An open space for global conversation
Please use this thread to harvest any key thoughts, questions, etc. that emerged from your Cafe Call conversations in the Organizers' Zone.
My conception is whole people and whole places everywhere, in mutual care.
In this vision, none have to solve problems of places they don't inhabit, even if they love the planet. Humans have it covered.
Maybe it went without saying, since it's a vision: on the way, crimes against uninhabited places would cease.
Some notes from the 11/28 Cafe Call:
Iwanka Kultschyckyj and Jack Strasburg (w/Ben Roberts)
If you're wondering how to put that to use, The 8th Habit, a book by Stephen R. Covey is remarkably related, but much less jargon-y.
I signed in Dr Covey's page, met you there, and found only advice for personal use (In "8th Habit offer list"). As far as leadership is concerned he seems to have different or even contradictory view then most people here.
I don't feel motivation to read the book, but if you tell me how it can give a boost to the process of common vision design I can change my mind.
This is what the book develops.
Yes, Covey's view of leadership, lit by the whole person paradigm, is different than that of most people. It is a choice; it is not about rank or title. It is aligned with leader-full, not leader-less.
Note: The four intelligences are those of body, mind, heart and spirit (simply the ancient view, not a rejection of Gardner or any other modern identifier of intelligences).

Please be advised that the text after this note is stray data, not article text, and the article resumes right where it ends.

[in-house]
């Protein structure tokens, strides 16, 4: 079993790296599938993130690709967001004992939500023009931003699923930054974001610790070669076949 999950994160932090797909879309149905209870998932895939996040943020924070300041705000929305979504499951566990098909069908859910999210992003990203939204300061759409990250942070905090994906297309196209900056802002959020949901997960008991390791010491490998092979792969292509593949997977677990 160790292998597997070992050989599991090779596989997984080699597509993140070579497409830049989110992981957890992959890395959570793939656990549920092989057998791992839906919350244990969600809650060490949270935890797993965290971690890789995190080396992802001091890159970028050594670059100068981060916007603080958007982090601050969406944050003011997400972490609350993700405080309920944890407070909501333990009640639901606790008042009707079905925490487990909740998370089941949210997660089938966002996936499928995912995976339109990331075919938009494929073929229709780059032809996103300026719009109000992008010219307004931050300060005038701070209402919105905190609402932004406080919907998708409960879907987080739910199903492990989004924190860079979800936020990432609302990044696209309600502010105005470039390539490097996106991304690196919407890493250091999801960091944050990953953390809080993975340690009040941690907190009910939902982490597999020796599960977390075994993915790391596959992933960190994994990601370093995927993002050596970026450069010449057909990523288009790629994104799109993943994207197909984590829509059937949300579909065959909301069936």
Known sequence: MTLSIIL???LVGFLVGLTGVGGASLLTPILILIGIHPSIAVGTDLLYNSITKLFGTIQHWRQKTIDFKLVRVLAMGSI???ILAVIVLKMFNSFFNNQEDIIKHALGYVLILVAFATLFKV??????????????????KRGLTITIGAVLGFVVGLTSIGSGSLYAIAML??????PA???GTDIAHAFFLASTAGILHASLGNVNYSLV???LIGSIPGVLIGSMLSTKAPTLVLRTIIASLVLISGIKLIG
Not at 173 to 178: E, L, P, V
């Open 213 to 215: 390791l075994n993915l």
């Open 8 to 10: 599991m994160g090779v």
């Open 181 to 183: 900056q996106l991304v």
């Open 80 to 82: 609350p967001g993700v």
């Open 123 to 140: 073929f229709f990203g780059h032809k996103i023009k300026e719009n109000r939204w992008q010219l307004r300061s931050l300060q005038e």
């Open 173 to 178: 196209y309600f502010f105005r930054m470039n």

All the time since you posted I have been searching the objective and synthetic way to express my reservations about Dr. Covey’s teaching. As usually Wikipedia has helped:
Covey adamantly refuses to conflate principles and values; he sees principles as external natural laws, while values remain internal and subjective. Covey proclaims that values govern people's behavior, but principles ultimately determine the consequences. Covey presents his teachings in a series of habits, manifesting as a progression from dependence via independence to interdependence.
Can we discuss the principle of our (human) cognition? We experience ourselves as separated from the reality around us.
This experience is false (state of the planet is the consequence), but on the other hand it is inevitable, following the principle of our observations.
To act effectively as interdependent agents is our goal – I am sure we agree here. Progressing towards it through independence is an inapplicable vision. We are the children of the Universe; we must depend on the "family" to sustain
Alternative vision has been presented by Rudolf Steiner, more than 100 years before Covey’s. As of 2011 there were 1003 Waldorf schools following his vision of human progress. Biodynamics (a method of organic farming that emphasizes the holistic development and interrelationships of the soil, plants and animals as a self-sustaining system) is practiced in more than 40 countries worldwide. Demeter International is the primary certification agency for farms and gardens (4200) using the method.
I do not expect you blindly switch from Covey to Steiner, but can we open rational discussion? The idea motivating my activity is the upgrade of Steiner's vision, following recent development of science..
"Progressing towards it through independence is an inapplicable vision. We are the children of the Universe; we must depend on the "family" to sustain"